The U.S. and China engaged in a new face-off Tuesday in the South China Sea, with an American warship sailing near disputed artificial islands claimed by Beijing, and China scrambling fighter jets to warn off the U.S. vessel.
The U.S. Defense Department said it sent a guided missile destroyer, the USS William Lawrence, to within 22 kilometers (13.7 miles) of Fiery Cross Reef, a land feature in the South China Sea.
In response, China said it dispatched two fighter jets and three vessels to monitor the U.S. ship's passage and warned it to leave the waters near the reef.
Fiery Cross is composed of about 280 hectares (690 acres) of mostly dredged material from the ocean floor, to which China and other nations lay claim. Beijing in the last several years has built a 3,000-meter runway there, opened a port and erected other military facilities.
In less than a year, the U.S. has conducted three so-called freedom-of-navigation operations in the South China Sea to contest what it believes to be excessive claims to the territory by nearby countries.
The Lawrence operation was meant to "challenge excessive maritime claims of some claimants in the South China Sea," Defense Department spokesman Bill Urban said in an emailed statement. "These excessive maritime claims are inconsistent with international law as reflected in the Law of the Sea Convention in that they purport to restrict the navigation rights that the United States and all states are entitled to exercise."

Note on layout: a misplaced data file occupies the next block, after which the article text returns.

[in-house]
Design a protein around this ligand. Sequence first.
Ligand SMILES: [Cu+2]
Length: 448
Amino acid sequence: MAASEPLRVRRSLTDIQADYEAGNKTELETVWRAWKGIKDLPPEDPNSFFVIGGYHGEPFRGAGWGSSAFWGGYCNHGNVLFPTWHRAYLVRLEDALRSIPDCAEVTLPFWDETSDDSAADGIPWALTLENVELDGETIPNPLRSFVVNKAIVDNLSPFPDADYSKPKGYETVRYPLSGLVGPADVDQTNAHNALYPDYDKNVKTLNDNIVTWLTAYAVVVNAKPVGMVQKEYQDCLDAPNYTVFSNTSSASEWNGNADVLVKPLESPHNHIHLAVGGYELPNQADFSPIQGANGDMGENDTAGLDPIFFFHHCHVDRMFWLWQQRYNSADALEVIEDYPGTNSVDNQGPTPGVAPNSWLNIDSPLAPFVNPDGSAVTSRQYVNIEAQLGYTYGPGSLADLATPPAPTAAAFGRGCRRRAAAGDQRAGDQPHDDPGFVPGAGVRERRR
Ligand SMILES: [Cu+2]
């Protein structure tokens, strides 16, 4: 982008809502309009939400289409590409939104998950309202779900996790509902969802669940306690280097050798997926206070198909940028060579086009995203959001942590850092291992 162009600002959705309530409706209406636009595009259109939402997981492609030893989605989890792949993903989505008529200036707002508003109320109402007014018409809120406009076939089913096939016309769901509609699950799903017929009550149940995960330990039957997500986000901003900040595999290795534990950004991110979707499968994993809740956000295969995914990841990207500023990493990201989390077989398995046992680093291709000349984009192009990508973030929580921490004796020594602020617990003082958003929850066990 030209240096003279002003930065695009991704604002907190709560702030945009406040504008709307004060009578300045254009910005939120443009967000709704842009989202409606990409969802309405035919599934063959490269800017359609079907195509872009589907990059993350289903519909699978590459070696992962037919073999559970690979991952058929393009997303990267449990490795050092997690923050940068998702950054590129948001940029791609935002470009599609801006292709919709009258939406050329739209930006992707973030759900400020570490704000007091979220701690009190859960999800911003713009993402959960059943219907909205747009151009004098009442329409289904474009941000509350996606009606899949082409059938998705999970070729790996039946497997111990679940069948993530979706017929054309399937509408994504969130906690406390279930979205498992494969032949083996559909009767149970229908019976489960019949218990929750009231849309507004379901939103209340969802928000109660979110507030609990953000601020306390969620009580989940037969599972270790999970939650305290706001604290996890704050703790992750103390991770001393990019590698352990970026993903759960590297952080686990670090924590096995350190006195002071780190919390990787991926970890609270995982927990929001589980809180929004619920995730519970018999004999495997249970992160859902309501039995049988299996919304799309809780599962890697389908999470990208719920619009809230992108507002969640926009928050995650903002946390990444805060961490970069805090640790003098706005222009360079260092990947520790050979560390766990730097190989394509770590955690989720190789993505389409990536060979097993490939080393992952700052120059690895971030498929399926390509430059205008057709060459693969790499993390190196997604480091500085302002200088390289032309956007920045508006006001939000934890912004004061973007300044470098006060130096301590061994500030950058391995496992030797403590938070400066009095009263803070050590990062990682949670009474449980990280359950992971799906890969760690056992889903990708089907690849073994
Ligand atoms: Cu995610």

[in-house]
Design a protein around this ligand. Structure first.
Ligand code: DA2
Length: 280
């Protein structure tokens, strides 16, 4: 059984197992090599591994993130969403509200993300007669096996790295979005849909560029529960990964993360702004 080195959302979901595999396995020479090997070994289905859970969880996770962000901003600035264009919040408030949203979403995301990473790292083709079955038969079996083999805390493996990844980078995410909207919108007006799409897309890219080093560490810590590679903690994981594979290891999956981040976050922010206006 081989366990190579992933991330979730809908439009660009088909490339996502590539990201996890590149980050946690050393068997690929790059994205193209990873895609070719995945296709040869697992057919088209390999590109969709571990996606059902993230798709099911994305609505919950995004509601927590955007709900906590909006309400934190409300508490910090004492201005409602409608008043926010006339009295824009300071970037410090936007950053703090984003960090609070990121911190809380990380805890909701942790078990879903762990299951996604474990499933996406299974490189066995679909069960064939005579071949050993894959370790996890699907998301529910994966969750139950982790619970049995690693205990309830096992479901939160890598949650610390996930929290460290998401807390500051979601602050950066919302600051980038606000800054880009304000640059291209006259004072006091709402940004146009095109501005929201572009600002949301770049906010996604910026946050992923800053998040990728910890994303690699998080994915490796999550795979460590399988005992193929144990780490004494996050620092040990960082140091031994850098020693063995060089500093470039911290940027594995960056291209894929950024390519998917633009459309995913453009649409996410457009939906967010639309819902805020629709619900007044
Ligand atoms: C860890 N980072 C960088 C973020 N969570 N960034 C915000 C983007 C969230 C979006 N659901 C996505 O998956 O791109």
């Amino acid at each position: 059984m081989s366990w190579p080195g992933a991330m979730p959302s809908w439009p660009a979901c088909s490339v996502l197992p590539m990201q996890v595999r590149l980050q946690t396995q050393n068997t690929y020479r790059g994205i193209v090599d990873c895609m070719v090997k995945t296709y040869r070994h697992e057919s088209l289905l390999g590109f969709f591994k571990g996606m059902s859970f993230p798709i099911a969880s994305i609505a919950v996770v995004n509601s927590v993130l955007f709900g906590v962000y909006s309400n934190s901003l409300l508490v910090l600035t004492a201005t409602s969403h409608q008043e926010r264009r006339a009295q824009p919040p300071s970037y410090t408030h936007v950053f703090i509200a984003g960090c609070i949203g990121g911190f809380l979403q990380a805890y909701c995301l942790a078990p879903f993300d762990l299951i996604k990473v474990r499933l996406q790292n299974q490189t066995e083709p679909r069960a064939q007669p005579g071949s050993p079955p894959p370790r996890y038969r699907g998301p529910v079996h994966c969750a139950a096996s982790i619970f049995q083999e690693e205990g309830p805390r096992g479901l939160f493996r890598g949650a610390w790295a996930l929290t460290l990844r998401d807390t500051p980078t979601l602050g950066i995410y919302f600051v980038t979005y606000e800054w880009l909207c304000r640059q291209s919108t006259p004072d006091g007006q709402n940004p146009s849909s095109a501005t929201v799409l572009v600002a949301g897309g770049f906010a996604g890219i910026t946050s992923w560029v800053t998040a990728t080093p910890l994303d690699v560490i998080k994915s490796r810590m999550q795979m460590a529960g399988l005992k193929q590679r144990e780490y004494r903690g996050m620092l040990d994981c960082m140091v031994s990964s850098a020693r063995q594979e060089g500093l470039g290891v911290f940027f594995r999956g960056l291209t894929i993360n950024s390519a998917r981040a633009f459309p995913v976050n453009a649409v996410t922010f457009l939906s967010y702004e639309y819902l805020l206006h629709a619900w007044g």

State Department spokeswoman Elizabeth Trudeau stressed later that the operation challenged attempts by China, Taiwan and Vietnam to restrict navigational rights around the feature they claim. The operation is not singling out China, she said.
The Chinese foreign and defense ministries described the U.S. ship's maneuver as provocative and said the American operation was justification for Beijing's construction of military facilities on the island.
Although the United States is not a claimant to the sovereignty over disputed islands in the South China Sea, senior officials have been saying it is vital to U.S. interests that various claimants pursue their claims peacefully and in accordance with international laws.
About $5 trillion in ship-borne trade passes every year through the South China Sea, the majority of which China claims. The Philippines, Vietnam, Malaysia, Taiwan and Brunei also have claims to parts of the sea.
VOA's Nike Ching at the State Department contributed to this report.